Why is the binary shift required when extracting lo and hi words from a DWORD?


First off sorry about the title, I didn't want to make it too long or confusing. If someone can help me make it more general as this situation probably applies to any kind of bit mask operation.

[The following code is run in Windows (so it's little endian)]

If I have a DWORD (unsigned long) and a WORD (unsigned short) and I'd like to extract the low order and high order words from the double word why can't I just do this?

WORD loWord = t & 0x0000FFFF;
WORD hiWord = t & 0xFFFF0000;

For loWord I get the proper answer 0xBBBB for hiWord I just get 0 (see the full listing of the program at the end for printout of the result)

I've looked up how a Windows macro does it HIWORD(_dw) and what it does is just shift to the right by two bytes and then does the AND operation like so

DWORD t= 0xAAAABBBB; WORD hiWord = (t >> 16) & 0xFFFF;

But what I'm not understanding is if we shift to the right by two bytes why do we now need to perform an AND operation as well? And why is the shift even required, why doesn't my original code work as expected?

To illustrate why I'm confused about the shift followed by an AND, this is how I imagine the shift to work:

0x AA AA BB BB  >> 16  -> 0x 00 00 AA AA 

so doing 0x 00 00 AA AA & 0x00 00 FF FF would be pointless in my mind? What am I missing?

Also to be more exact the macro first casts the DWORD to a pointer then it shifts, like so (this is the exact macro)

#define HIWORD(_dw)     ((WORD)((((DWORD_PTR)(_dw)) >> 16) & 0xffff))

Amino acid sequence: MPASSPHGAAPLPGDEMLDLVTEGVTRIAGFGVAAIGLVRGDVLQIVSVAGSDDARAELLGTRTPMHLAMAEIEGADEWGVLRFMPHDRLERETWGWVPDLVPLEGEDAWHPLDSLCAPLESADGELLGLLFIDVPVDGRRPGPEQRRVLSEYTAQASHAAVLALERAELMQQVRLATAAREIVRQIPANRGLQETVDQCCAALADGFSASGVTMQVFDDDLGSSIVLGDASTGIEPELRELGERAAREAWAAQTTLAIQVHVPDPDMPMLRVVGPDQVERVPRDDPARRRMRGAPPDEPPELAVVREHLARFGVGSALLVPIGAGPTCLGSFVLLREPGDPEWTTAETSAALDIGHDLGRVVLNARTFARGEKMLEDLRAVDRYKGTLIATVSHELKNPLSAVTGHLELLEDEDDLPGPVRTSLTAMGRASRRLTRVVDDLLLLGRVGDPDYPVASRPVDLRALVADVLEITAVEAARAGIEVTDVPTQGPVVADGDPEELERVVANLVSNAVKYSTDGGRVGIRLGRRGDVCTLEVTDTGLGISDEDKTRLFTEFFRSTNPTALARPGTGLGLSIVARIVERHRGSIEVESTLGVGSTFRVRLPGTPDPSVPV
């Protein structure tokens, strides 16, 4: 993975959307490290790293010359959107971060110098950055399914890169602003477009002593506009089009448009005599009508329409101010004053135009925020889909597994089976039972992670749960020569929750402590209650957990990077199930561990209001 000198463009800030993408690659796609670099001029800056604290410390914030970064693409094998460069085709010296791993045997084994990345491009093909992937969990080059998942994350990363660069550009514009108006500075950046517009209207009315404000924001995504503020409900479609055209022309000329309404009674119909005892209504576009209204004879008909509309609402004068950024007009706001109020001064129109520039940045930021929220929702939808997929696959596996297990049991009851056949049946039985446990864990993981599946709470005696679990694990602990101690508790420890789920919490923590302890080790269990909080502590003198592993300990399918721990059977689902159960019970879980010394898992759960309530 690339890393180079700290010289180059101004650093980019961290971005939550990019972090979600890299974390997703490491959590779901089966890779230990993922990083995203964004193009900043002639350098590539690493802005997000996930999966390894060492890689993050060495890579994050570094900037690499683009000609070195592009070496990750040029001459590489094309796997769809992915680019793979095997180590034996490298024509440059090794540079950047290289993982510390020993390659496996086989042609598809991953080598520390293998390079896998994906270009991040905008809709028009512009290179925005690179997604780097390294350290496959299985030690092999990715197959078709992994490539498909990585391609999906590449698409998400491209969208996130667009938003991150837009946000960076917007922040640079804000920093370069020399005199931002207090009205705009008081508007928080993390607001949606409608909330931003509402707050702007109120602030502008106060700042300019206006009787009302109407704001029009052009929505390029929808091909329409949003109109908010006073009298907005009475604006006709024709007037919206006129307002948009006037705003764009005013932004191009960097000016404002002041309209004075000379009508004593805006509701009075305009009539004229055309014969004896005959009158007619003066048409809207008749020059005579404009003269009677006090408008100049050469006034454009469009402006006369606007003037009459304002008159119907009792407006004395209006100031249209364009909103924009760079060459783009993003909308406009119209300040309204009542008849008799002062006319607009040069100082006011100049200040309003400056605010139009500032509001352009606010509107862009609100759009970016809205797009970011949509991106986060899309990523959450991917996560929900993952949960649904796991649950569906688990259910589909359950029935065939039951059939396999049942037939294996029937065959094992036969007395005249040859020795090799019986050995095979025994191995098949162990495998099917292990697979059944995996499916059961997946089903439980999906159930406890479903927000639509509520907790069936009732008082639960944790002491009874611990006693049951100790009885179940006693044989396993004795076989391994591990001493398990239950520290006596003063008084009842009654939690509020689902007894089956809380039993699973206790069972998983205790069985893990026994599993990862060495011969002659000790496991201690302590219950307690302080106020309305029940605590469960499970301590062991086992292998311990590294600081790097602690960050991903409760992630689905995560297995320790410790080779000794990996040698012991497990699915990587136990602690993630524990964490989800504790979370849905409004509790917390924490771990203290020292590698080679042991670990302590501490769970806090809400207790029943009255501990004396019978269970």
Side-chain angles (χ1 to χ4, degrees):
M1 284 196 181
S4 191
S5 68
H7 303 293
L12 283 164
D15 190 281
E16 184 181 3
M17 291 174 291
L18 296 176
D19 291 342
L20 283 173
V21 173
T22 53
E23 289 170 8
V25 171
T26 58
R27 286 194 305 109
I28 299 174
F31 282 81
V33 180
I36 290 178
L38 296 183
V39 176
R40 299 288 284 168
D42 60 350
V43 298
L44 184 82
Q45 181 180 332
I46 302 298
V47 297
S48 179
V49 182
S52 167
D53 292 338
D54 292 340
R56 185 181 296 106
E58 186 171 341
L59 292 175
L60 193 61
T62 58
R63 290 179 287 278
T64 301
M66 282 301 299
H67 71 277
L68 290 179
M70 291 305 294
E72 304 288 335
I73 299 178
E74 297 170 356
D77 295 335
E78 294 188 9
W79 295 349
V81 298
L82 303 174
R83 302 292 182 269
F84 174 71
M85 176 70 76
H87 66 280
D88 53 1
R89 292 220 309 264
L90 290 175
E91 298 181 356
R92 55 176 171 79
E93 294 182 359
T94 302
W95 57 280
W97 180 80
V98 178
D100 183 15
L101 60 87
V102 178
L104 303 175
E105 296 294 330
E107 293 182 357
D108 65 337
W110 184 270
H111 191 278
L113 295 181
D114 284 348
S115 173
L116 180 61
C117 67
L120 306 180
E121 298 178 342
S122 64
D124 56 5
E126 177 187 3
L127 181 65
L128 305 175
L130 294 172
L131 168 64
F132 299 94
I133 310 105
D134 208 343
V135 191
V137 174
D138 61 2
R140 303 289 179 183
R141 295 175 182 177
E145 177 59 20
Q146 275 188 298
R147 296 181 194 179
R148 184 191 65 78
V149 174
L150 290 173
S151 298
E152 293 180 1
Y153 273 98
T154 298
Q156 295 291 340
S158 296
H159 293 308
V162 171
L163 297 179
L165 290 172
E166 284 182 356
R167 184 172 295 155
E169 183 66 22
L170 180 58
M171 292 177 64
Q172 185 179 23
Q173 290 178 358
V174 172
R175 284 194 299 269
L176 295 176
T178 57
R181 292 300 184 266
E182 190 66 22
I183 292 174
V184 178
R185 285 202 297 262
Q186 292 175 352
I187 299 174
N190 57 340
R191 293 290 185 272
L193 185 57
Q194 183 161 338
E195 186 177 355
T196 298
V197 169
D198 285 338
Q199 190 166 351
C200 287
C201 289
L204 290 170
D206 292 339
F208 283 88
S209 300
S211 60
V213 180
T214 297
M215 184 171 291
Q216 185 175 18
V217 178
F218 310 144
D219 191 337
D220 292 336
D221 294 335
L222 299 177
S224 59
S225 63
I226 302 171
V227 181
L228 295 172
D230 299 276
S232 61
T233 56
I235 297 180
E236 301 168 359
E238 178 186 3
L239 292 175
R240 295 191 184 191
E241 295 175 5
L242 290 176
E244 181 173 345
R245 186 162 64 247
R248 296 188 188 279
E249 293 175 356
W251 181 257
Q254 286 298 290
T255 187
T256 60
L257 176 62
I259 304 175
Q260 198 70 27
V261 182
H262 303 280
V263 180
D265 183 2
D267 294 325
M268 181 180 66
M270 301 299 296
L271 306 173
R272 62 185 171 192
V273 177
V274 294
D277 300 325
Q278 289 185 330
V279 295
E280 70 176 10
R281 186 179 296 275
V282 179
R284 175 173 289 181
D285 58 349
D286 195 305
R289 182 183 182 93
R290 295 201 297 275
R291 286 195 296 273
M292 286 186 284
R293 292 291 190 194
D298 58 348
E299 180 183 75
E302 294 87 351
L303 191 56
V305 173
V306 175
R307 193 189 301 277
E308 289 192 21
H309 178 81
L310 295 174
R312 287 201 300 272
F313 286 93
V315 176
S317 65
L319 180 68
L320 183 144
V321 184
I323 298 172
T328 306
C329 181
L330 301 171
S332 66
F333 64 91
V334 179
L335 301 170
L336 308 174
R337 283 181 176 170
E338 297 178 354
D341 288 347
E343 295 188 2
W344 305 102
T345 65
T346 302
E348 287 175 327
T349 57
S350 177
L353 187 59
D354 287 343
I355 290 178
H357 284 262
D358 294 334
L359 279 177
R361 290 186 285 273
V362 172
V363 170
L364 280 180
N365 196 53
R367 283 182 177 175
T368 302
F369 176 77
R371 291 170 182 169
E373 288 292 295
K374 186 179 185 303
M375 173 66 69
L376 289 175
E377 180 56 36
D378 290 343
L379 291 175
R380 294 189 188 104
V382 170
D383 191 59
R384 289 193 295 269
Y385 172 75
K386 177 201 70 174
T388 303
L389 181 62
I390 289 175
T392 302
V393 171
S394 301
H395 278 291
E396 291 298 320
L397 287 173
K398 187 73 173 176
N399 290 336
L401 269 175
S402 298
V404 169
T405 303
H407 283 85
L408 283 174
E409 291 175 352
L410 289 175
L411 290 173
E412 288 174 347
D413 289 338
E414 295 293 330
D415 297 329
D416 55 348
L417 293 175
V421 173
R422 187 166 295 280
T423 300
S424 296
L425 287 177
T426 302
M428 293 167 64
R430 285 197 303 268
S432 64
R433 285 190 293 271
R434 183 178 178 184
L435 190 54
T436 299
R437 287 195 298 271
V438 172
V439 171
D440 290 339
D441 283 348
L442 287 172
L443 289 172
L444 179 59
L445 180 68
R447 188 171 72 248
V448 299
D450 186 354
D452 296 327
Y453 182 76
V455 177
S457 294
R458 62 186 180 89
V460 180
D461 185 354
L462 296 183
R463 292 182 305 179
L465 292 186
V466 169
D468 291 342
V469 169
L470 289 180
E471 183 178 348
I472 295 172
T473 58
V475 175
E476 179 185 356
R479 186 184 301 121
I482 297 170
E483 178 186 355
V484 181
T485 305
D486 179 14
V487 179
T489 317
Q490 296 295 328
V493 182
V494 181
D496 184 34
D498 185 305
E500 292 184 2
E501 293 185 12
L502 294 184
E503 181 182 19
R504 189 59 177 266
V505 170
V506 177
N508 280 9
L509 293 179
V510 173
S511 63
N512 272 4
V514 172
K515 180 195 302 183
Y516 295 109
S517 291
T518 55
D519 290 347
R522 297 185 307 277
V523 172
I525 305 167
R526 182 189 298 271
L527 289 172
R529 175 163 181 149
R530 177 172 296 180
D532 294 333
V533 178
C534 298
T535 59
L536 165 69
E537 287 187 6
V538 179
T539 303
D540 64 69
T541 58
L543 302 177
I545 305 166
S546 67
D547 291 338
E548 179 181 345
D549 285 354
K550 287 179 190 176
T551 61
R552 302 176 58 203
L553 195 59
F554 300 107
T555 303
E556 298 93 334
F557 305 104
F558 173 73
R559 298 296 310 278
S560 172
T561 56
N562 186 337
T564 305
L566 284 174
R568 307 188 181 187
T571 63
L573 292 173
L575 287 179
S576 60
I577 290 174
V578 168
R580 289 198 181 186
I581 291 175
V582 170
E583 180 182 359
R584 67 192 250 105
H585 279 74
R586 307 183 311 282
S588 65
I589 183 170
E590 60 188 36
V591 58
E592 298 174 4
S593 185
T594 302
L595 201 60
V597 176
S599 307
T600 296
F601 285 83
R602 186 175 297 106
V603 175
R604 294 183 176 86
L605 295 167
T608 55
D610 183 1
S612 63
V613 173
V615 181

Can someone explain to me the purpose of the pointer cast? I tried with and without one and the results are the same.

This is an actual short program I used during the test to illustrate the issue in full:

#include <iostream>
#include <Windows.h>

int main()
    WORD loWord = t & 0x0000FFFF;
    WORD hiWordNoShift = t & 0xFFFF0000;
    WORD hiWordShift = (t >> 16) & 0xFFFF;

    cout << "t: " << std::hex << t << endl;
    cout << "hi (no shift): " << std::hex << hiWordNoShift << endl;
    cout << "hi (shift): " << std::hex << hiWordShift << endl;
    cout << "lo: " << std::hex << loWord << endl;

    return 0;

The results are:

t: aaaabbbb
hi (no shift): 0
hi (shift): aaaa
lo: bbbb
Press any key to continue . . .

1 Answer


I think it is so because HIWORD() should be universal and should be adopted to the size of the CPU registers.

On 64bit targets the general registers (like RAX) are 64bit registers and the size of DWORD_PTR is also 64bit. On 32bit targets the general registers (like EAX) are 32bit registers and the size of DWORD_PTR is also 32bit.

So the compiler can generate more optimal code.

answered on Stack Overflow Sep 7, 2019 by Sergey

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